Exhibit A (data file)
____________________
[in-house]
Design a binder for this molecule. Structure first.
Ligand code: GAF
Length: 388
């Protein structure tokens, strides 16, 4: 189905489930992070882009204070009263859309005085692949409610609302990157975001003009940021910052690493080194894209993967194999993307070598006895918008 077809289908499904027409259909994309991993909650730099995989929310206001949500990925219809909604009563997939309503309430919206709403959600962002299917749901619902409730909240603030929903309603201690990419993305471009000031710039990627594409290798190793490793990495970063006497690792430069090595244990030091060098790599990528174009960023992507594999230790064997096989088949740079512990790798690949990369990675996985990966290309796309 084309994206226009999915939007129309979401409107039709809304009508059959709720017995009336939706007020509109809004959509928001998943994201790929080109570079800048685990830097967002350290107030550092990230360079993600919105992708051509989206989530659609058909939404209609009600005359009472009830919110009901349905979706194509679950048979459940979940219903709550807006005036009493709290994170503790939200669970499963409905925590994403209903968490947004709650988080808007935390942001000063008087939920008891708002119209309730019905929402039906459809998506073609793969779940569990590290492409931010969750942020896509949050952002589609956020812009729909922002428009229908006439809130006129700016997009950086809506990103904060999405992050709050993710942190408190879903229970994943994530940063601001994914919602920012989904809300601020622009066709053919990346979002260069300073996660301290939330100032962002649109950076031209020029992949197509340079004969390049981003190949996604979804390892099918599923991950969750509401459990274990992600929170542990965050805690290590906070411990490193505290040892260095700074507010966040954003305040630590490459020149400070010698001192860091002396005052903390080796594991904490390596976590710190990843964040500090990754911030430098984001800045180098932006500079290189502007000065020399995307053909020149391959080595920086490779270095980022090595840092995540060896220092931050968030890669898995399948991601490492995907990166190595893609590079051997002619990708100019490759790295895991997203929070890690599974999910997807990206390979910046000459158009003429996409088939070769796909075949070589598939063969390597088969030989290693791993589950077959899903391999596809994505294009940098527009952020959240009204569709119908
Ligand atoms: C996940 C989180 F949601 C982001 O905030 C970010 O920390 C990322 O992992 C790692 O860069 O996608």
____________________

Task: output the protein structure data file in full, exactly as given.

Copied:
[in-house]
Design a binder for this molecule. Structure first.
Ligand code: GAF
Length: 388
């Protein structure tokens, strides 16, 4: 189905489930992070882009204070009263859309005085692949409610609302990157975001003009940021910052690493080194894209993967194999993307070598006895918008 077809289908499904027409259909994309991993909650730099995989929310206001949500990925219809909604009563997939309503309430919206709403959600962002299917749901619902409730909240603030929903309603201690990419993305471009000031710039990627594409290798190793490793990495970063006497690792430069090595244990030091060098790599990528174009960023992507594999230790064997096989088949740079512990790798690949990369990675996985990966290309796309 084309994206226009999915939007129309979401409107039709809304009508059959709720017995009336939706007020509109809004959509928001998943994201790929080109570079800048685990830097967002350290107030550092990230360079993600919105992708051509989206989530659609058909939404209609009600005359009472009830919110009901349905979706194509679950048979459940979940219903709550807006005036009493709290994170503790939200669970499963409905925590994403209903968490947004709650988080808007935390942001000063008087939920008891708002119209309730019905929402039906459809998506073609793969779940569990590290492409931010969750942020896509949050952002589609956020812009729909922002428009229908006439809130006129700016997009950086809506990103904060999405992050709050993710942190408190879903229970994943994530940063601001994914919602920012989904809300601020622009066709053919990346979002260069300073996660301290939330100032962002649109950076031209020029992949197509340079004969390049981003190949996604979804390892099918599923991950969750509401459990274990992600929170542990965050805690290590906070411990490193505290040892260095700074507010966040954003305040630590490459020149400070010698001192860091002396005052903390080796594991904490390596976590710190990843964040500090990754911030430098984001800045180098932006500079290189502007000065020399995307053909020149391959080595920086490779270095980022090595840092995540060896220092931050968030890669898995399948991601490492995907990166190595893609590079051997002619990708100019490759790295895991997203929070890690599974999910997807990206390979910046000459158009003429996409088939070769796909075949070589598939063969390597088969030989290693791993589950077959899903391999596809994505294009940098527009952020959240009204569709119908
Ligand atoms: C996940 C989180 F949601 C982001 O905030 C970010 O920390 C990322 O992992 C790692 O860069 O996608």